Tiger Woods opened his 2014 golf season at Torrey Pines last week—a venue where he has won eight times in the past.
After two very uninspiring early rounds on Thursday and Friday, Tiger’s 79 on Saturday was tied for the second worst score of his playing career and ended the tournament for him, something that can be considered remarkable considering his past total dominance over this course.
Tiger’s swing coach, Sean Foley, came out immediately and said not to hit the panic button because it’s a long season and he has liked what he has seen from Tiger during practice.
Foley said they “we’ll just keep working and see where it takes us.”
Sean, I know exactly where Tiger is headed, getting more of the same results until Tiger makes the most important adjustment…an adjustment I will explain shortly.
This past week, Tiger followed up by finishing tied for 41st in the Dubai Desert Classic, his worst finish there in his seven appearances and the first time in his storied career that he has failed to finish in the top 20 in either of his first two events of the season.
It seems despite his countless hours of practice and his still relatively young age that Tiger is heading in the wrong direction.
Foley is correct in some ways, it is a long season and this is just the beginning.
And if last year is any indication, Tiger will win his share of tournaments and be among the top money winners again this year, just like he was in 2013.
For most golfers, that would be an incredible accomplishment to be among golf’s elite but, Tiger isn’t most golfers and for most of his career, Tiger has transcended golf’s elite.
Tiger dominated the sport for over a decade like no other single player in any sport before him and his standards and expectations are way above what he accomplished last year.
He was also on track to annihilate Jack Nicklaus’ record of 18 Majors won in his career.
However, Tiger hasn’t won a major since 2008 and the way his game is right now, he may not win another unless he identifies and fixes the real problem.
The problem that has been keeping him from getting back to prominence despite the countless hours of practice.
The problem that is dictating all of his results and will probably continue to deliver the same results unless something drastic happens.
And, that problem is–you guessed it–his mind.
Until Tiger truly understands how his mind works and why he is getting the results he is getting, all of the practice in the world probably won’t deliver the results he is working so hard to achieve.
By his mind, I don’t mean Tiger’s head or his brain or his ‘mental toughness’. Tiger is maybe the most mentally tough athlete in the world.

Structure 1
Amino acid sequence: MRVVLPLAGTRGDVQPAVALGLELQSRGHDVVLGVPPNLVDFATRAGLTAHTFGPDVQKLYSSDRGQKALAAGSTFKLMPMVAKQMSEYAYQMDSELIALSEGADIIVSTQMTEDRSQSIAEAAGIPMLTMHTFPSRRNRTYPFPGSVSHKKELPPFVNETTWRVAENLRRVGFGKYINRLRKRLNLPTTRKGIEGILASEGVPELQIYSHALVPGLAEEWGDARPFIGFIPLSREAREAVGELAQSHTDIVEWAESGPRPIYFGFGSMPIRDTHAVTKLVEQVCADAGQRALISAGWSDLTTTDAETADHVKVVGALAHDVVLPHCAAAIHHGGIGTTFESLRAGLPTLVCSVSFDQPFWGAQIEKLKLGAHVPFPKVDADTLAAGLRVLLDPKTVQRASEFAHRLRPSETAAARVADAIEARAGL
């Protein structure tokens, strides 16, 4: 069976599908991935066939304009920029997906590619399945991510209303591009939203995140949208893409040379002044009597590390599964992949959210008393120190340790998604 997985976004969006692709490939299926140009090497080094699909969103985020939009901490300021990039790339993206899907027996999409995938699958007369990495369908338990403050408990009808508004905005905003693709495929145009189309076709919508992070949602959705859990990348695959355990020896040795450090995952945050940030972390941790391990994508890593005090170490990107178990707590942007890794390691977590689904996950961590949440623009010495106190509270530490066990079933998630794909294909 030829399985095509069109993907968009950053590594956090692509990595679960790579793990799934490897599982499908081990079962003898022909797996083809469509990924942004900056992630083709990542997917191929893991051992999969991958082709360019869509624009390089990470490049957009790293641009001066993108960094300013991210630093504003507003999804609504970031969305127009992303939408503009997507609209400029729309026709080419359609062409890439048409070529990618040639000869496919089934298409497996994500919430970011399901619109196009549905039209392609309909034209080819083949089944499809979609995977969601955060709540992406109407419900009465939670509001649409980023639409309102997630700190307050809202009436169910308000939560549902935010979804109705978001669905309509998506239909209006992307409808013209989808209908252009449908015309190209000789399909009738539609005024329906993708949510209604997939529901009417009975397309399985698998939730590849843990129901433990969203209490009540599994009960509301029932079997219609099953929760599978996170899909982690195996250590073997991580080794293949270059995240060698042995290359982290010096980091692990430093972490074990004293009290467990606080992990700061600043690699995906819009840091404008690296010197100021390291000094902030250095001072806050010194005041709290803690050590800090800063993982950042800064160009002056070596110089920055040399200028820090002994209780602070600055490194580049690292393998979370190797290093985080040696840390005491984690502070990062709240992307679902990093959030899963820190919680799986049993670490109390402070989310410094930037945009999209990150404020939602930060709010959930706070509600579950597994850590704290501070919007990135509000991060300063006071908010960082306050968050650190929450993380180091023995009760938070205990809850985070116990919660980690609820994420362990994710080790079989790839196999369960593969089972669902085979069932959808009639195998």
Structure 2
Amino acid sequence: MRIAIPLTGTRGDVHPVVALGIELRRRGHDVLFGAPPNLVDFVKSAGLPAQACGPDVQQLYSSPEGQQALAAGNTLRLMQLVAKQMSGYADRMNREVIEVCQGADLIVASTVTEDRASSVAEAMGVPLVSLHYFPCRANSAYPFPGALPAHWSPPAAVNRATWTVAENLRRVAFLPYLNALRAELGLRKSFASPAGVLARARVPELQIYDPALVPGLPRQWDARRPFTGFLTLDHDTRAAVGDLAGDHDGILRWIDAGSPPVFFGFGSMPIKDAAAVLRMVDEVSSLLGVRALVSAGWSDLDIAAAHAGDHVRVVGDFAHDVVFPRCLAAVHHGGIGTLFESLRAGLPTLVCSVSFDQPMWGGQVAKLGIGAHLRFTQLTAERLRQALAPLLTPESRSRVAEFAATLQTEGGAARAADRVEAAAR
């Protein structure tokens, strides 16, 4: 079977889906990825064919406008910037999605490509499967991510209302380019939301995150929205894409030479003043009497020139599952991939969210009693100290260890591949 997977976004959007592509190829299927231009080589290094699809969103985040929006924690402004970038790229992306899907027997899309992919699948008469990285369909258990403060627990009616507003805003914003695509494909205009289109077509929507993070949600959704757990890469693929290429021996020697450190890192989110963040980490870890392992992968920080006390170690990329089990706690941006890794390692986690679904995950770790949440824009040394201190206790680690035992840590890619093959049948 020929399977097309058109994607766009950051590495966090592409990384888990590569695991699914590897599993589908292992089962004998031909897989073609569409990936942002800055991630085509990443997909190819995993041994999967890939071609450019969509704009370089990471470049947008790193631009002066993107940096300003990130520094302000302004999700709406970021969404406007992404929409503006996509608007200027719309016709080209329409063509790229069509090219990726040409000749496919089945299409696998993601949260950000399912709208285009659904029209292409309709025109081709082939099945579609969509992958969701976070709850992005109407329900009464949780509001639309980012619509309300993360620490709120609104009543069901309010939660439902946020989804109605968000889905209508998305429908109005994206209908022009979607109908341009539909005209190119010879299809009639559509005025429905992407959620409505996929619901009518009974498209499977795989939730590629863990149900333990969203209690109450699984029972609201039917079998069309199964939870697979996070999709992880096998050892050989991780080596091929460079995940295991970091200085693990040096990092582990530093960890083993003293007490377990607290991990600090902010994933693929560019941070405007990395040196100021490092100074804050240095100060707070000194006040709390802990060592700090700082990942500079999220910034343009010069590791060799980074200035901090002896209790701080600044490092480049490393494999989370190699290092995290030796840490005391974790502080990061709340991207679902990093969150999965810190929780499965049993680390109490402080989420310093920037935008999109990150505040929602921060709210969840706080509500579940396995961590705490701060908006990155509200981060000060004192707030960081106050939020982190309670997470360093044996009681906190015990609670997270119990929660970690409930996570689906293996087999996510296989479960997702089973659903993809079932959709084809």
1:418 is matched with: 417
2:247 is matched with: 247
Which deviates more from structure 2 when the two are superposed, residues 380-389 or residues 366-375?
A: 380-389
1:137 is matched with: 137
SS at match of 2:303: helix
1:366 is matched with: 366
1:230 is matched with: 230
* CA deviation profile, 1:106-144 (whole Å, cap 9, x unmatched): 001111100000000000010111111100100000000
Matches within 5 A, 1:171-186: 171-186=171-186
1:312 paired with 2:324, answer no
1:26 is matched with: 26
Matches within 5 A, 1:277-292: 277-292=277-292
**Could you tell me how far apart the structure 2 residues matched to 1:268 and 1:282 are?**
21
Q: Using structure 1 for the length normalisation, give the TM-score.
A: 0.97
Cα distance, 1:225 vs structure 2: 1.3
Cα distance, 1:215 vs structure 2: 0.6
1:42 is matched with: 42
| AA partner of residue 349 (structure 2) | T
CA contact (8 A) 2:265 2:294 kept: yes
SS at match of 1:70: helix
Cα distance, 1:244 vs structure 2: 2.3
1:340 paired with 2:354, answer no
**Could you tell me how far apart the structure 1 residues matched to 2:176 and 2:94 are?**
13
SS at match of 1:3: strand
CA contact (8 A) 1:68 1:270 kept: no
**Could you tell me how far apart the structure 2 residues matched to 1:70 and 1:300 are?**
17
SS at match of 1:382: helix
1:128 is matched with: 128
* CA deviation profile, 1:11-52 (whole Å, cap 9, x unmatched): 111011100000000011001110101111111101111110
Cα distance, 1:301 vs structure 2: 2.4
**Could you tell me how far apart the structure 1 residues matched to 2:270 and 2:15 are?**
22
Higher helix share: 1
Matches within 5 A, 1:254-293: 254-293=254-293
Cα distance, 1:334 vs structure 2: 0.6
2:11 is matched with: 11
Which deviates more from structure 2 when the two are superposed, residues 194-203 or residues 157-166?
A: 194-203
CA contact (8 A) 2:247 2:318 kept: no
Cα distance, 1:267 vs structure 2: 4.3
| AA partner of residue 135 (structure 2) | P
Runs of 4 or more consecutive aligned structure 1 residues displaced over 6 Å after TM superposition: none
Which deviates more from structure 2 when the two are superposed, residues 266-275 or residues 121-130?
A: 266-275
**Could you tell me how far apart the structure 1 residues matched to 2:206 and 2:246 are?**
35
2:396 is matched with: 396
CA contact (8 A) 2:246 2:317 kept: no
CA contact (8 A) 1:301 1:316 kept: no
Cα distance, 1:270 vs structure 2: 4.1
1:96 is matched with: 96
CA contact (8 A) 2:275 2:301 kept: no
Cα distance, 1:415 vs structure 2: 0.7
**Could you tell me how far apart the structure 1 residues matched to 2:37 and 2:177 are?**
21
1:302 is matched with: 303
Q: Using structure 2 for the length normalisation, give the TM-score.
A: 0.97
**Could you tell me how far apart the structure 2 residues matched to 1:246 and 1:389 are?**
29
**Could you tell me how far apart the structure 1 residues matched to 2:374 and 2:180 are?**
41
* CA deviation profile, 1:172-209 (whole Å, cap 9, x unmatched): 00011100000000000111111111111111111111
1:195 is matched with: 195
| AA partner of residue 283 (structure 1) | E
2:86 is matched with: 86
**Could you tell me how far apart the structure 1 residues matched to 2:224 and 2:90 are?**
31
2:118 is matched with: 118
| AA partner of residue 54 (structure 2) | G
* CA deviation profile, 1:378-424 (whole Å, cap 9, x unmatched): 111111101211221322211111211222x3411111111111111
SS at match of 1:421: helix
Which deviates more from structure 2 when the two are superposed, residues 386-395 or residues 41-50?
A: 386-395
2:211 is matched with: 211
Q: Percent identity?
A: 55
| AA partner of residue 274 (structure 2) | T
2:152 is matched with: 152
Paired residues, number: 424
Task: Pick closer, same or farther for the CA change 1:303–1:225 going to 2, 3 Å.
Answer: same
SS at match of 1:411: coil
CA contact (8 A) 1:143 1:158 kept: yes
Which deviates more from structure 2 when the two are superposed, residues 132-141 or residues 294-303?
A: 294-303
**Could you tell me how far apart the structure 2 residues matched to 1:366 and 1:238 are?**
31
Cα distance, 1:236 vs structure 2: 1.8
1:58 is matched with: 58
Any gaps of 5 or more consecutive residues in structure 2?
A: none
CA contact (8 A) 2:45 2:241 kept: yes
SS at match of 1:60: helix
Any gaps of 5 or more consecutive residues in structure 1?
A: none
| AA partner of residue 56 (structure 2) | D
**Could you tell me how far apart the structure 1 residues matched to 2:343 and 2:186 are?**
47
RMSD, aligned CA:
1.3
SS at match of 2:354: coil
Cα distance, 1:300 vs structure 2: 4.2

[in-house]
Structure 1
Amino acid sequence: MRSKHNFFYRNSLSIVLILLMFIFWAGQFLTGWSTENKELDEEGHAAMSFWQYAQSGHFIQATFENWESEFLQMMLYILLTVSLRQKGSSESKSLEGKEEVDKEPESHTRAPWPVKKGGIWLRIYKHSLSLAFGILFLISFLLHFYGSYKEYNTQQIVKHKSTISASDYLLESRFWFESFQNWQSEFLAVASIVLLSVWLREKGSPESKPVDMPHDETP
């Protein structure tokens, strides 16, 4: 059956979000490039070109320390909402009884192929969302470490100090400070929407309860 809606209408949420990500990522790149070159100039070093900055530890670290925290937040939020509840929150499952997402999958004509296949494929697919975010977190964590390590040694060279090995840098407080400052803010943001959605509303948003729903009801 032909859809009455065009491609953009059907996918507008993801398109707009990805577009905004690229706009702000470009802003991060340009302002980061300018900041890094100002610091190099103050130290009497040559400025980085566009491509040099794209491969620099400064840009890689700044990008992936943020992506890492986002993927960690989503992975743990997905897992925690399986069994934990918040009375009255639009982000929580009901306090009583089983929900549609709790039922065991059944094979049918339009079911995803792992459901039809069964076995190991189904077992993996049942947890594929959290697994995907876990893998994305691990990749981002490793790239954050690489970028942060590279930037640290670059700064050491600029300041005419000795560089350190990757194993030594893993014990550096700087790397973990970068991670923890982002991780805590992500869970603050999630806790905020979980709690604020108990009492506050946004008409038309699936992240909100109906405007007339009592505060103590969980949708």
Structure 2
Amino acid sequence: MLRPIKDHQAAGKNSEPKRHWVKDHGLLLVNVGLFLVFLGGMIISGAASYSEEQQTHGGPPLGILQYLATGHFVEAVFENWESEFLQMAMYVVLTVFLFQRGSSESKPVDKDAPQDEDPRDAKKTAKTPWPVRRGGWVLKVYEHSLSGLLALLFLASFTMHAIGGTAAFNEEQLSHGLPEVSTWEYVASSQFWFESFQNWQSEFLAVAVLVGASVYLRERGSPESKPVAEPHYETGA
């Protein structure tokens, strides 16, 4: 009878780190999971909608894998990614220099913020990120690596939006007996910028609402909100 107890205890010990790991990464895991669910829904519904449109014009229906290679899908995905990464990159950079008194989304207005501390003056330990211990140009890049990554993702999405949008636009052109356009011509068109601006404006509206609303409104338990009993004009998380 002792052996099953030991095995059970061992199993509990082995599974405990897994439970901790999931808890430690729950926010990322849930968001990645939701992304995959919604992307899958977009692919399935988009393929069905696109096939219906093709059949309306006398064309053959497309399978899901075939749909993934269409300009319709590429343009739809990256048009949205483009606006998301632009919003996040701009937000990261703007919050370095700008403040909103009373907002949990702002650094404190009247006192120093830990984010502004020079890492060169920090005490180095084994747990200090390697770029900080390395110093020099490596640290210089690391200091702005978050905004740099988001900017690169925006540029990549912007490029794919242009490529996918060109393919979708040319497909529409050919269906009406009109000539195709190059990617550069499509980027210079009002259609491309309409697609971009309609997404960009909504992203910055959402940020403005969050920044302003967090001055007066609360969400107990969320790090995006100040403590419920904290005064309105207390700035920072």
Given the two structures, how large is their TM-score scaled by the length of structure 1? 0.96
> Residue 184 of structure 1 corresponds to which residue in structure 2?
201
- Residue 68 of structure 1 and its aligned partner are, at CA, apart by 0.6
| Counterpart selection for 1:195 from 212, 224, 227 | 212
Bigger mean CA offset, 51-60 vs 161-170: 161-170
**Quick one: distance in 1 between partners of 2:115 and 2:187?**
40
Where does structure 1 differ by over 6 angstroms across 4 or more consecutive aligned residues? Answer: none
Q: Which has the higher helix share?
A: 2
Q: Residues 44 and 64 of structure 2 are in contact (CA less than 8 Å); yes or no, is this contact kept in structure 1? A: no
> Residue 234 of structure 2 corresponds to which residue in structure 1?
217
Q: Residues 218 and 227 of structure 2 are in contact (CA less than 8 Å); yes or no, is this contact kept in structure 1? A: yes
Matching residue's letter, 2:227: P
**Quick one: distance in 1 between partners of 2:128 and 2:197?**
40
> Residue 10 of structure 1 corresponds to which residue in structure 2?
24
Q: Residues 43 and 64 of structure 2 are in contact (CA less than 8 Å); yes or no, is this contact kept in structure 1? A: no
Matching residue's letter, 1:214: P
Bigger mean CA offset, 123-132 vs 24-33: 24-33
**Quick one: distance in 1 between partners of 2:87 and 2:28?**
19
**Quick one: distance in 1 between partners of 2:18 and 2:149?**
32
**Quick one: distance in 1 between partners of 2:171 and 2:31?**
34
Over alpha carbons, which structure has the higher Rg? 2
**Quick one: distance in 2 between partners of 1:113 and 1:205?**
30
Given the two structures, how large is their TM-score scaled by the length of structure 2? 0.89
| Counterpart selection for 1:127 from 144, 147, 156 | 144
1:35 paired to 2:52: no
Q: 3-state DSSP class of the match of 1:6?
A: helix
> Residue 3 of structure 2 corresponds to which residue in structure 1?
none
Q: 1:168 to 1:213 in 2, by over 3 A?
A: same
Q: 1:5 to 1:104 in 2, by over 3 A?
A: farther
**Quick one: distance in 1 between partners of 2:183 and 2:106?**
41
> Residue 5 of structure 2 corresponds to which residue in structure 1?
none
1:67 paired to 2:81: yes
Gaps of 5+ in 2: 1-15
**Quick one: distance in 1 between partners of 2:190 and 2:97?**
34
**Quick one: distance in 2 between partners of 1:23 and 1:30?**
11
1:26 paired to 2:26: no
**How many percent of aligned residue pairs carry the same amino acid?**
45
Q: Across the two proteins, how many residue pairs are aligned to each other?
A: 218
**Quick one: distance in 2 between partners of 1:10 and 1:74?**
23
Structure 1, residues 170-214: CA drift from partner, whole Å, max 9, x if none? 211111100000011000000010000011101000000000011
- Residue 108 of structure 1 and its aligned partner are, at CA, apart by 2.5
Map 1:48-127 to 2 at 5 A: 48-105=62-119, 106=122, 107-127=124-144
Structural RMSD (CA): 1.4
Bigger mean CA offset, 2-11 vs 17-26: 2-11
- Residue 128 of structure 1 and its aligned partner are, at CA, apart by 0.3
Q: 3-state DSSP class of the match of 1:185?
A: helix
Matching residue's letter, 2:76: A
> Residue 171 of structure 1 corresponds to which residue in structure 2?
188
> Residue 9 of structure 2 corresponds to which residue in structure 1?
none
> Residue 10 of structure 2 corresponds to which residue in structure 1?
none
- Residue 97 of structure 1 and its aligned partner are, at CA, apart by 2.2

By his mind, I mean his internal programming and conditioning, his subconscious mind (where his habits come from) and his state of being on the golf course.
It’s those things that are delivering his sub-par results and it’s his State of Being that is delivering his thoughts, his emotions, his conflicts and his actions.
And don’t think the incidents from his marriage in 2009 didn’t leave some internal scars—they did—and it’s there where I believe the work needs to be done.
It doesn’t take much to see that the timing of his relationship issues coincide directly with his change in performance on the links.
It’s not a coincidence.
Since those unsettling events, his indestructible outward force that used to dominate tournaments along with the confidence, swagger and intensity that would easily overcome a disastrous shot, have mostly disappeared…just like they did that Saturday at Torrey Pines.
All of the practice and swing work in the world won’t make a difference until he fixes the internal operating system that governs his external results.
A change in internal programming.
Some of what Tiger developed as internal conditioning and programming to be a champion during his young life has been reprogrammed due to some failures and they must be rebooted.
The marital events of 2009 clearly left some deep internal scars which is very normal.
The key is to recognize the scars and move through them with certain powerful techniques.
Until he does, the ‘residue’ from those experiences will continue to manifest in ongoing failure, whether in competition or in his personal life.
It is there where Tiger needs some extra work, in identifying those resistant states of being that are holding him back, accepting them while reprogramming his sub-conscious mind for success moving forward.
One other observation: Remember the pre-2008 Tiger Woods?
He was filled with fire and confidence and anger and focus!
When he hit a bad shot he would get pissed then usually proceed to follow it up with a miraculous shot to get right back on track!
When he made a great shot or drained a big putt, you saw the fire, the excitement and the fist-pumping!
Now, the Tiger I see gets frustrated and dejected when things aren’t going his way and much of the time he has a look of struggle on his face instead of digging deep to make the adjustments needed to overcome the challenges.
He is also continuously talking about NEEDING to work more on his swing and his putting and on and on which will only create more of needing to do the work as need creates more need.
Tiger, you spent your entire life training your body to hit a golf ball perfectly and you have succeeded more times than any golfer in.
So, it’s time to get out of the way mentally and allow your body to do what it already knows how to do.
Drop the need, drop the struggle, drop the frustration and allow yourself to play golf again the way you played for most of your brilliant career. Unless Tiger does those things, you can probably expect more of the same from him.
– Coach Mike